Kayak - Ice Fields and March Lights

Îles de la Madeleine, mer, eau, glace, débarris

Living on an island means facing a real ocean boundary. Inevitably, the road ends by a beach, a cliff, a seaside. Some days, this can be restricting, but this is also reassuring. It is like we are protected from something.

During a certain season, the ocean boundary disappears. Once again this March, the Islands are frozen in time — literally. Now, on the West side, we can walk for hours on the sea. We feel like the insularity washed away. We imagine a bridge reaching the continents.

Glace en hiver aux Îles

I have an annual appointment in March. There is always this one day where little pieces of ice drift away. In the sea, dozens of tiny icebergs are wandering around. The Gulf is freezing, calm and flat. I take out my kayaks.

Kayaking in winter requires a little planning - do not get me wrong, you must always be alert and take the necessary precautions before any trip to the sea. These precautions include training and experience, safety equipment, proper clothing and compliance with regulations. The hardest part is setting the crafts free from the snow, and securing them on the roof of the car. The most important thing is finding the perfect spot to explore. The sun is still shining bright.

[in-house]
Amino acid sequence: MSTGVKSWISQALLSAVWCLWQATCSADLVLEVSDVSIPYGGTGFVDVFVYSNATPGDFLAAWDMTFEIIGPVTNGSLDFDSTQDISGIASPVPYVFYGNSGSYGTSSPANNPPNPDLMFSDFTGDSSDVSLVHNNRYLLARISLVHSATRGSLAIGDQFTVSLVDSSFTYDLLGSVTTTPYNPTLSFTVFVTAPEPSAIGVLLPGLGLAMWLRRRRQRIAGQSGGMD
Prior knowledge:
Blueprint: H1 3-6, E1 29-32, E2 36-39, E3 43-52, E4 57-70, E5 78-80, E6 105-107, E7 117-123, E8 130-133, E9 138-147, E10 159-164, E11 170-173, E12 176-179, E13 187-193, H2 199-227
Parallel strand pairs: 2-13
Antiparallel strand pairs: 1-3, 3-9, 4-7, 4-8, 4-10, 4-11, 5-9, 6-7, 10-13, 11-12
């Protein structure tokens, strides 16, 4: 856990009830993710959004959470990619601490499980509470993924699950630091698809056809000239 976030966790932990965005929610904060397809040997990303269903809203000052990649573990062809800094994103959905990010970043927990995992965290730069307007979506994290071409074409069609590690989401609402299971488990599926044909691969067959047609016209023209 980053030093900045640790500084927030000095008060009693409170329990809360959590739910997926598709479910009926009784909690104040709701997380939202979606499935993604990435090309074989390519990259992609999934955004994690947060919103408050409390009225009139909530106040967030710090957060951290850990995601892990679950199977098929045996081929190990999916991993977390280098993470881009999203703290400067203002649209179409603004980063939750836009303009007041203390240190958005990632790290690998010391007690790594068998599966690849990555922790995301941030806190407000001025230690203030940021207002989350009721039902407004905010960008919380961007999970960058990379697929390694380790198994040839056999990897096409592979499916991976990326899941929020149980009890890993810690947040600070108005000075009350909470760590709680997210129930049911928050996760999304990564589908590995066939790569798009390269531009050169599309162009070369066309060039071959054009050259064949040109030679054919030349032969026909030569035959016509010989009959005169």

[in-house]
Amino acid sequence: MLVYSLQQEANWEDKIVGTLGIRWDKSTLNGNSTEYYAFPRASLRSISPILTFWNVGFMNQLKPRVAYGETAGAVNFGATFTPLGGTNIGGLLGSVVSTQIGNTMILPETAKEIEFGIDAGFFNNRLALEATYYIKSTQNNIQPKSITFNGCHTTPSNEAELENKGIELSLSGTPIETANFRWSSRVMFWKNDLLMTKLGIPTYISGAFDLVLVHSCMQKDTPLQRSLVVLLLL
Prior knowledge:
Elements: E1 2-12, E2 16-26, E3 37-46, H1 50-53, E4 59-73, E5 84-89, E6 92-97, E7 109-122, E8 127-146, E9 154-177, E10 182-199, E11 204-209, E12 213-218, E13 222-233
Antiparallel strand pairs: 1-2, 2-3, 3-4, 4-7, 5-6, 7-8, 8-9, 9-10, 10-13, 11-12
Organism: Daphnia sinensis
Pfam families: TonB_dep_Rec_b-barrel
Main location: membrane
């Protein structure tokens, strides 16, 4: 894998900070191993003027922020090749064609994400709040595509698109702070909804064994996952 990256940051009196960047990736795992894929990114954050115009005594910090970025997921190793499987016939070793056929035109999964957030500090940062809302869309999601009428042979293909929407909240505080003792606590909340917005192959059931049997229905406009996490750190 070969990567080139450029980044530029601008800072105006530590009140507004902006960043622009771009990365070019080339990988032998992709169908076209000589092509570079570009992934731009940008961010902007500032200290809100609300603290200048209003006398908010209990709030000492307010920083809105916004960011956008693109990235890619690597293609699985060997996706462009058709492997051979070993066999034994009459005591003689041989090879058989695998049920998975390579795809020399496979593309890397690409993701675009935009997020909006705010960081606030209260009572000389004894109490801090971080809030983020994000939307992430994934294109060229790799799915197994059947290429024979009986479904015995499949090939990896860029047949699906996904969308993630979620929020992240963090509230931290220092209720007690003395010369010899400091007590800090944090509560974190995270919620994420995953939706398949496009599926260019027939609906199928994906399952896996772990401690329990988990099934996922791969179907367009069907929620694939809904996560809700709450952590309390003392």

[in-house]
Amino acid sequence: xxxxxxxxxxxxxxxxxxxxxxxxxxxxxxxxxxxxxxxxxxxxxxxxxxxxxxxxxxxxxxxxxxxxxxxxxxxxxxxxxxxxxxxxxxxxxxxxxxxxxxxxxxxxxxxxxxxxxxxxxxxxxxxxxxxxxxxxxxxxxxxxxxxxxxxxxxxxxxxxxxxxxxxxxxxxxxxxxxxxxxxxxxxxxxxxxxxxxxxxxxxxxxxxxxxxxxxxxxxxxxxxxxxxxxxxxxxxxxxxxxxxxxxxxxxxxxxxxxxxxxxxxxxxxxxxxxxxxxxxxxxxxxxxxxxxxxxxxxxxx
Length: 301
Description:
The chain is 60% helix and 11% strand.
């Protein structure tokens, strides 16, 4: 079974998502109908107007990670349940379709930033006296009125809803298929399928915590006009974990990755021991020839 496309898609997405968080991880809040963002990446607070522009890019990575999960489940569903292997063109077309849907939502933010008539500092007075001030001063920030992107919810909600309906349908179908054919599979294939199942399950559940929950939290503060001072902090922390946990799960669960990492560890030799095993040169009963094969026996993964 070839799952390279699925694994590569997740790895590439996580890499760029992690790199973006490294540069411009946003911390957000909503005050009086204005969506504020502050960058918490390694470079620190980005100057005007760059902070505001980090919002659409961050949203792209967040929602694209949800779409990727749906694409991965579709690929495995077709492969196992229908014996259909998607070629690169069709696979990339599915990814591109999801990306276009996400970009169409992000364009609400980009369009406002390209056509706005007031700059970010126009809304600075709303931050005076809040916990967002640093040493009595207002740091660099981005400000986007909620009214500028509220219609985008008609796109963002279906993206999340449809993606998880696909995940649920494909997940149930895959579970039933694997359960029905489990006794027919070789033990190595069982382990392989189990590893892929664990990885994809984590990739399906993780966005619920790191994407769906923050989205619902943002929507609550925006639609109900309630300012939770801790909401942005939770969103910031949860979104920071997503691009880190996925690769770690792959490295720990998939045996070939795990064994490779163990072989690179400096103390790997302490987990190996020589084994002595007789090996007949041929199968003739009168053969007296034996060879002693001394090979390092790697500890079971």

Time to explore the surroundings of the archipelago as seen by the seals. The view on the Islands is stunning. The cliffs appear to be gigantic. And right below, reflections of the colourful houses meet pieces of the ocean. Lights are everywhere. Hills of broken ice catch the sun. Green and blue shadows reflect the late afternoon rays on the water. The effect of erosion on the red sandstone cliffs is undeniable.

Within a few months, the landscape has already changed.

Falaise, glace, mer, kayak

I paddle among big white pieces of all shapes. The little ones sometimes turn out to be the tip of the iceberg — the underwater part being enormous. We feel small, which gives us a healthy dose of humility!

When kayaking in winter, everything is calm, yet moving quietly. While paddling, sometimes, the ice moves. The channels are closing, and then you need to find another way or climb the ice wall to come back on right side of the shore.

The days are getting longer. Sometimes, a cold breeze rushes through me. As I am moving forward, the sea is expanding. While holding my breath, I feel like I am learning a little more about the Gulf that surrounds my Islands and I can take it in with long, deep breaths. But there is still so much we don't know about the winter Gulf. The St. Lawrence is all about immensity, long journeys and tragedies. It is a lesson in courage. A challenge to tame. 

The day is coming to an end on this adventure. The sun is fading way, naturally. L'Étang-du-Nord wraps itself in a blue light. A blue just like the shade of a blue whale. On the distance, the windows of the houses are warm. As would be the eyes of a great mammal. Shadows are dancing in the village. It's like being in the ocean.

Time to go home!

Par Jean-Étienne Solomon

As a Madelinot, I am one of the many locals who enjoy the archipelago no matter the season and revisit a land that never ceases to amaze and evolve.

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